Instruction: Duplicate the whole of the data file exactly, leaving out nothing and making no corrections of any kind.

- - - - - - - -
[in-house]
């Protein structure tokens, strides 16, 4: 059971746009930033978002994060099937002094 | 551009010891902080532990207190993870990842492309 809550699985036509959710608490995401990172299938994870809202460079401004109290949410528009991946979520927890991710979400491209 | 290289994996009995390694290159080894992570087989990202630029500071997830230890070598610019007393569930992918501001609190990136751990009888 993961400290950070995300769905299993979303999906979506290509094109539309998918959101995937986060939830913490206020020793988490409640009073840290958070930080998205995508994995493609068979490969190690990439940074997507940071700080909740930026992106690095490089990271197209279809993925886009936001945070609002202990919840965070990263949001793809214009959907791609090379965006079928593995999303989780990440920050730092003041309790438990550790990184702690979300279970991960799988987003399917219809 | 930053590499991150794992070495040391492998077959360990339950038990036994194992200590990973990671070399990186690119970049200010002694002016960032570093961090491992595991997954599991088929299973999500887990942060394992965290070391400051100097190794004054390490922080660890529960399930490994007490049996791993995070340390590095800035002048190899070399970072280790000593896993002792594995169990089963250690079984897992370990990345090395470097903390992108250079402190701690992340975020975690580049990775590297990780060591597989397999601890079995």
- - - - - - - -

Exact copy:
[in-house]
């Protein structure tokens, strides 16, 4: 059971746009930033978002994060099937002094 | 551009010891902080532990207190993870990842492309 809550699985036509959710608490995401990172299938994870809202460079401004109290949410528009991946979520927890991710979400491209 | 290289994996009995390694290159080894992570087989990202630029500071997830230890070598610019007393569930992918501001609190990136751990009888 993961400290950070995300769905299993979303999906979506290509094109539309998918959101995937986060939830913490206020020793988490409640009073840290958070930080998205995508994995493609068979490969190690990439940074997507940071700080909740930026992106690095490089990271197209279809993925886009936001945070609002202990919840965070990263949001793809214009959907791609090379965006079928593995999303989780990440920050730092003041309790438990550790990184702690979300279970991960799988987003399917219809 | 930053590499991150794992070495040391492998077959360990339950038990036994194992200590990973990671070399990186690119970049200010002694002016960032570093961090491992595991997954599991088929299973999500887990942060394992965290070391400051100097190794004054390490922080660890529960399930490994007490049996791993995070340390590095800035002048190899070399970072280790000593896993002792594995169990089963250690079984897992370990990345090395470097903390992108250079402190701690992340975020975690580049990775590297990780060591597989397999601890079995």